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The Tarrier Steel Co. v. Wesex Corp.

United States District Court, S.D. Ohio, Eastern Division

June 24, 2019

THE TARRIER STEEL COMPANY Plaintiff,
v.
WESEX CORPORATION, et al. Defendants.

          Deavers Magistrate Judge.

          OPINION & ORDER

          ALGENON L. MARBLEY UNITED STATES DISTRICT JUDGE.

         This matter comes before the Court on Defendant CCL Label's Motion to Dismiss. (ECF No. 25). Plaintiff The Tarrier Steel Company (“Tarrier”) filed a complaint against CCL Label, Inc. (“CCL”) for unjust enrichment. Tarrier alleges that CCL did not pay Tarrier for construction work on CCL's project in Licking County, Ohio. CCL has filed a Motion to Dismiss, arguing that Tarrier has failed to state a claim. For the reasons below, the Motion to Dismiss is DENIED.

         I. BACKGROUND

         CCL hired Wesex Corporation (“Wesex”) to be the general contractor for CCL's construction project in Licking County, Ohio. (ECF No. 11 at ¶ 2). Wesex, in turn, contracted out some of the work to Tarrier. (Id.). Tarrier worked on the project for some time until a dispute arose between CCL and Wesex that led to CCL stopping payments to Wesex, and Wesex in turn stopping payments to Tarrier. (Id. at ¶¶ 6-7). By this point, Tarrier alleges it had performed $146, 731.40 worth of work but was not paid. (Id. at ¶ 8). According to the Complaint, Wesex and CCL disagree as to the cause of the non-payment, with Wesex blaming CCL for not paying it the money to pay Tarrier, and CCL claiming that it had paid all of the money to Wesex and that Wesex had refused to pay Tarrier. (Id. at ¶¶ 9-10).

         Tarrier sued both Wesex and CCL in Ohio state court for breach of contract, unjust enrichment, and violations of Ohio's prompt payment law. Ohio Rev. Code Ann. § 4113.61 (2011). This case was originally filed in the Licking County Court of Common Pleas. (ECF No. 11). CCL removed this case to federal court (ECF No. 1) and subsequently filed a Motion to Dismiss. (ECF No. 25). Tarrier has filed a memorandum contra, and this is now ripe for review.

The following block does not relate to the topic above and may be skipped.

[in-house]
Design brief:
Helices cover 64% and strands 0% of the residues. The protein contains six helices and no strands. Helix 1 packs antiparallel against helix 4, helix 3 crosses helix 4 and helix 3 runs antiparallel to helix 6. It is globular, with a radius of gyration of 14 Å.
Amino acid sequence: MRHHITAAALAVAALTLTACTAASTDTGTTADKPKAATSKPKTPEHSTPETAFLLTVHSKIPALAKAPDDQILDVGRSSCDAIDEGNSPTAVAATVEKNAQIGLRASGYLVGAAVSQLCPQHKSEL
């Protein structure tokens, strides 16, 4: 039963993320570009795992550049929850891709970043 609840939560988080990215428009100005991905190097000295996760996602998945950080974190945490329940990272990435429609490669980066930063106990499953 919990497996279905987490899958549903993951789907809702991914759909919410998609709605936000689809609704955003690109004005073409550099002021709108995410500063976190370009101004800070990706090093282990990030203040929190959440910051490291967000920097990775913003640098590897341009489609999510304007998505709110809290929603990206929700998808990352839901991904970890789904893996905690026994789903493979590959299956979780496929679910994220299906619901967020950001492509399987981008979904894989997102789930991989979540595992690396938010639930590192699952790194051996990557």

II. STANDARD OF REVIEW

         Defendant CCL moved to dismiss under Federal Rule of Civil Procedure 12(b)(6). Under modern federal pleading standards, a complaint must contain “a short and plain statement of the claim showing that the pleader is entitled to relief.” Fed.R.Civ.P. 8(a)(2). A complaint will survive a motion to dismiss if the plaintiff alleges facts that “state a claim to relief that is plausible on its face” and that, if accepted as true, are sufficient to “raise a right to relief above the speculative level.” Bell Atl. Corp. v. Twombly, 550 U.S. 544, 555, 570 (2007); see also Iqbal, 556 U.S. at 678. A complaint must thus “contain either direct or inferential allegations respecting all material elements to sustain a recovery under some viable theory.” Eidson v. Tenn. Dep't of Children's Servs., 510 F.3d 631, 634 (6th Cir. 2007).

         In assessing the sufficiency and plausibility of a claim, courts “construe the complaint in the light most favorable to the plaintiff, accept its allegations as true, and draw all reasonable inferences in favor of the plaintiff.” Directv, Inc. v. Treesh, 487 F.3d 471, 476 (6th Cir. 2007). Thus, dismissal is appropriate only if “it appears beyond doubt that the plaintiff can prove no set of facts in support of his claim which would entitle him to relief.” Guzman v. U.S. Dep't of Homeland Sec., 679 F.3d 425, 429 (6th Cir. 2012) (quotation omitted).